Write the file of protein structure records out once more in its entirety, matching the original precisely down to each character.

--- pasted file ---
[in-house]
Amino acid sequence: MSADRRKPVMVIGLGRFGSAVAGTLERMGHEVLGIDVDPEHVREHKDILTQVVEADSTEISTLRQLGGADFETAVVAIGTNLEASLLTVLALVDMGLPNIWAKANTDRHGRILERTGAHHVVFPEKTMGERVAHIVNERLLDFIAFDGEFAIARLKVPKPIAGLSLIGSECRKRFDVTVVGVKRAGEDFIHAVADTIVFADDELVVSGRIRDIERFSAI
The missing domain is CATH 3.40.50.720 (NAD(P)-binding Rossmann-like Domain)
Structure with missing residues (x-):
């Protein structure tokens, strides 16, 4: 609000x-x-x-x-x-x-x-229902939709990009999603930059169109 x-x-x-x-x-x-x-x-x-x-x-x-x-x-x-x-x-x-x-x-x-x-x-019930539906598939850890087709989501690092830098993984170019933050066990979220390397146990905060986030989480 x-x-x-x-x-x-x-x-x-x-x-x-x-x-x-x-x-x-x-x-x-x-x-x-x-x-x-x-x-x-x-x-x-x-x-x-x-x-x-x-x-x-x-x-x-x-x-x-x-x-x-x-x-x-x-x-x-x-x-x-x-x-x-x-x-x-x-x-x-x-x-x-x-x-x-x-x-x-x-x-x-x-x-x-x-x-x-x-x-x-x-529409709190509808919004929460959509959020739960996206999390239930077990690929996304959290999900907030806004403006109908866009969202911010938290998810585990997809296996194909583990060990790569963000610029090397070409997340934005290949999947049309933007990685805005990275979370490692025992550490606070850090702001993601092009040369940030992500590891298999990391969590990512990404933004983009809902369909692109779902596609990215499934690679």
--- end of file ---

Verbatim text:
[in-house]
Amino acid sequence: MSADRRKPVMVIGLGRFGSAVAGTLERMGHEVLGIDVDPEHVREHKDILTQVVEADSTEISTLRQLGGADFETAVVAIGTNLEASLLTVLALVDMGLPNIWAKANTDRHGRILERTGAHHVVFPEKTMGERVAHIVNERLLDFIAFDGEFAIARLKVPKPIAGLSLIGSECRKRFDVTVVGVKRAGEDFIHAVADTIVFADDELVVSGRIRDIERFSAI
The missing domain is CATH 3.40.50.720 (NAD(P)-binding Rossmann-like Domain)
Structure with missing residues (x-):
């Protein structure tokens, strides 16, 4: 609000x-x-x-x-x-x-x-229902939709990009999603930059169109 x-x-x-x-x-x-x-x-x-x-x-x-x-x-x-x-x-x-x-x-x-x-x-019930539906598939850890087709989501690092830098993984170019933050066990979220390397146990905060986030989480 x-x-x-x-x-x-x-x-x-x-x-x-x-x-x-x-x-x-x-x-x-x-x-x-x-x-x-x-x-x-x-x-x-x-x-x-x-x-x-x-x-x-x-x-x-x-x-x-x-x-x-x-x-x-x-x-x-x-x-x-x-x-x-x-x-x-x-x-x-x-x-x-x-x-x-x-x-x-x-x-x-x-x-x-x-x-x-x-x-x-x-529409709190509808919004929460959509959020739960996206999390239930077990690929996304959290999900907030806004403006109908866009969202911010938290998810585990997809296996194909583990060990790569963000610029090397070409997340934005290949999947049309933007990685805005990275979370490692025992550490606070850090702001993601092009040369940030992500590891298999990391969590990512990404933004983009809902369909692109779902596609990215499934690679």